In this paper, we study how individuals learn from potentially biased statistics using data from both a natural experiment and a survey experiment during a period (2007-15) when the government of Argentina was manipulating official inflation statistics.
To address these limitations in the observational data, we provide a simple model of Bayesian learners with potentially biased statistics and design a survey experiment to test its predictions.
The experimental data also allow us to directly test the hypothesis that there may be sophisticated learning from potentially biased statistics.
More generally, the study of biased statistics goes back to the seminal contribution by Oskar Morgenstem (1963) on measurement, accuracy, and uncertainty in economics.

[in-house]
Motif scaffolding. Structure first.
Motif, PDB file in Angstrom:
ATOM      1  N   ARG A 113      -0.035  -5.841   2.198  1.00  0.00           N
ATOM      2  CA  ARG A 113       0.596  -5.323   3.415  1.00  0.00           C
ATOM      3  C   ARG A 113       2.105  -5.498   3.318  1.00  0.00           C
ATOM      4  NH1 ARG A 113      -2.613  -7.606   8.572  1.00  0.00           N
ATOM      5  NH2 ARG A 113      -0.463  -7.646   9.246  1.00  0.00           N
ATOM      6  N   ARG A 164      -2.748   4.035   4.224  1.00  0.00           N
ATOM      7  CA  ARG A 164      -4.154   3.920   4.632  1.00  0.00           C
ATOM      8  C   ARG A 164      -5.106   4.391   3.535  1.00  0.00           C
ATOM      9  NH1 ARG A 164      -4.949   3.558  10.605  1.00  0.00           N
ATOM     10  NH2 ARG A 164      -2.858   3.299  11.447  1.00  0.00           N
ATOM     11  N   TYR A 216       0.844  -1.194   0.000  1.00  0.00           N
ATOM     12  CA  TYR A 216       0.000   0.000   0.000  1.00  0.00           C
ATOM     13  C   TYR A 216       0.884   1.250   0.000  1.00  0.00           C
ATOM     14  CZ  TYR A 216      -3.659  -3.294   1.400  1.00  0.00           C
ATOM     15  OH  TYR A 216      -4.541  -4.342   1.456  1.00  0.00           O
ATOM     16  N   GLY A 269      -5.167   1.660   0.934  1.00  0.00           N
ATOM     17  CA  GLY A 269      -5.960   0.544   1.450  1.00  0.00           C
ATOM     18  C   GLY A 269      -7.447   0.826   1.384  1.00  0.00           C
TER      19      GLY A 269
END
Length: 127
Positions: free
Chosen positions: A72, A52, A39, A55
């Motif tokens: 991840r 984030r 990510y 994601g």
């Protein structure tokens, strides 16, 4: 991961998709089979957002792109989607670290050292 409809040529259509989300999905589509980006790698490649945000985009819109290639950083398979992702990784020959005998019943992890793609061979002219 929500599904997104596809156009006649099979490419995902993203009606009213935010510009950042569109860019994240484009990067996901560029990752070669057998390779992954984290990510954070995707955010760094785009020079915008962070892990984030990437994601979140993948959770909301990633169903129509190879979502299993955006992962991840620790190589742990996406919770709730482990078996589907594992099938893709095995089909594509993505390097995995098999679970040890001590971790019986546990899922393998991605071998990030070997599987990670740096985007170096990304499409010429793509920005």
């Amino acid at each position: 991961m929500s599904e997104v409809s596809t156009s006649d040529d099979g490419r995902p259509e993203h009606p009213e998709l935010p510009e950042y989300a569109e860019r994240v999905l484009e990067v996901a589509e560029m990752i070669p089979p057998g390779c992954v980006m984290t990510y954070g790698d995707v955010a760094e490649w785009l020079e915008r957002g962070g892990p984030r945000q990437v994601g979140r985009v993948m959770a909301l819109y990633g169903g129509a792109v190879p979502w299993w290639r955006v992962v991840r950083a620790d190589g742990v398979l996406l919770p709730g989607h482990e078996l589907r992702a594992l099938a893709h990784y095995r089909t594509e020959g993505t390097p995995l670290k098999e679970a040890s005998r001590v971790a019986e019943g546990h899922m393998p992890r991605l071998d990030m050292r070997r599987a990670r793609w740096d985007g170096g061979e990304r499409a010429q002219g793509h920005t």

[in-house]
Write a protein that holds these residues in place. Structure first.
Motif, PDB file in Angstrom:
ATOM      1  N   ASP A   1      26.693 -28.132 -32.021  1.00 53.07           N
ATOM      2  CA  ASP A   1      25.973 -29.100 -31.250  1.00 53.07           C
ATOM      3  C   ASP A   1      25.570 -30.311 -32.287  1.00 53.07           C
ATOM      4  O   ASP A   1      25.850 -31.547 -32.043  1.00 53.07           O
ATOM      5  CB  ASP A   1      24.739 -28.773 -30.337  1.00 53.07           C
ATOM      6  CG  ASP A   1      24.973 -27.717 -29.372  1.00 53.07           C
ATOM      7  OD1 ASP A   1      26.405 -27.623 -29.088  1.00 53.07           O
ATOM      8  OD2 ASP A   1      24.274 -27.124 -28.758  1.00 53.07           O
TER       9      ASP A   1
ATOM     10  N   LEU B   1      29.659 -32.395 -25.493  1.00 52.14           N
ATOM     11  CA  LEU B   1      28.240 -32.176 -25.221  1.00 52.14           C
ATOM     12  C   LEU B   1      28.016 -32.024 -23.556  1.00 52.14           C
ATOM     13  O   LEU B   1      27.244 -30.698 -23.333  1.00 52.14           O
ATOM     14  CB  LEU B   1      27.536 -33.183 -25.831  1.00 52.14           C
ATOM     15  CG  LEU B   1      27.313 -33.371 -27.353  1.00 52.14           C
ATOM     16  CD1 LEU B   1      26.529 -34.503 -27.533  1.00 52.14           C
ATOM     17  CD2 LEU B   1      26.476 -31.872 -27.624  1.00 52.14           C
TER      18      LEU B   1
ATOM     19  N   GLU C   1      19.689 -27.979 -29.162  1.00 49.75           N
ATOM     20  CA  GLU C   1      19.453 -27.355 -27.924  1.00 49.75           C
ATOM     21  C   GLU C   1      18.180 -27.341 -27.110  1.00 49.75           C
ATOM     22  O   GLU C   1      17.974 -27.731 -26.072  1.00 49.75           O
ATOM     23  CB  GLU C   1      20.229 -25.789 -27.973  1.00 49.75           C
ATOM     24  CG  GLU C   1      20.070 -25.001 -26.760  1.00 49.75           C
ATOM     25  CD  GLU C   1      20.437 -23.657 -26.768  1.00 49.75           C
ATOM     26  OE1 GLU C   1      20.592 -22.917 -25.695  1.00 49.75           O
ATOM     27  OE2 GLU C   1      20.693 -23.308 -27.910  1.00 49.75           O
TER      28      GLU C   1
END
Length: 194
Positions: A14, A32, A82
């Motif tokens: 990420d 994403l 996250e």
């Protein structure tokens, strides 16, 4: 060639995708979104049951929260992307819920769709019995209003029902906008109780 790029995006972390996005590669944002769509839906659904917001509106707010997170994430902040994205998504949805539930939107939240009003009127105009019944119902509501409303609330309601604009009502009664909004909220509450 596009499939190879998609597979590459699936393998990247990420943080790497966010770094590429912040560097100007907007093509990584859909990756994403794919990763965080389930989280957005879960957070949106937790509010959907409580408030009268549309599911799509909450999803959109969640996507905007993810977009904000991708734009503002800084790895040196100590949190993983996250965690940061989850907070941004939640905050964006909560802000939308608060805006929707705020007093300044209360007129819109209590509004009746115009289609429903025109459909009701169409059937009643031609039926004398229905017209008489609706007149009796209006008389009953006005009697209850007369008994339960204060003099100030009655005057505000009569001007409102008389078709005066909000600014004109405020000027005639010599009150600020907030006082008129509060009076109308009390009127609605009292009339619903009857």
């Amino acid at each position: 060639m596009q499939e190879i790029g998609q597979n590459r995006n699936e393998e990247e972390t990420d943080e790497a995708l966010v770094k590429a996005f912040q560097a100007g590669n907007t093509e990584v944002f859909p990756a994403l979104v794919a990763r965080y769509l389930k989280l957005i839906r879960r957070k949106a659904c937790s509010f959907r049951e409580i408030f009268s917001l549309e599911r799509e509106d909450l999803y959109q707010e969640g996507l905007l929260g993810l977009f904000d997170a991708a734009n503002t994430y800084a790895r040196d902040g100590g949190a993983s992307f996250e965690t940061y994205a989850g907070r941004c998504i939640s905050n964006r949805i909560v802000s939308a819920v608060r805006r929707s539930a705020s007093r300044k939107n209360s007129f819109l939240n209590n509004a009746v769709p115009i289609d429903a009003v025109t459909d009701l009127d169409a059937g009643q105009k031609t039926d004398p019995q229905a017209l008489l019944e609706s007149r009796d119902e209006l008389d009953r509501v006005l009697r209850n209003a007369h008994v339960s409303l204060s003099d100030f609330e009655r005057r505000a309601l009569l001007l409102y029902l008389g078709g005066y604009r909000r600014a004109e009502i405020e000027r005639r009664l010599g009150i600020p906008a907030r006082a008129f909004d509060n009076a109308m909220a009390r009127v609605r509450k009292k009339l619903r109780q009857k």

The most important prediction of this model is that a Bayesian learner is not expected to ignore biased statistics, but instead rationally adjust to the perceived bias.
Rather than simply ignoring biased statistics or accepting them as unbiased, individuals can effectively adjust for the perceived bias using other available information.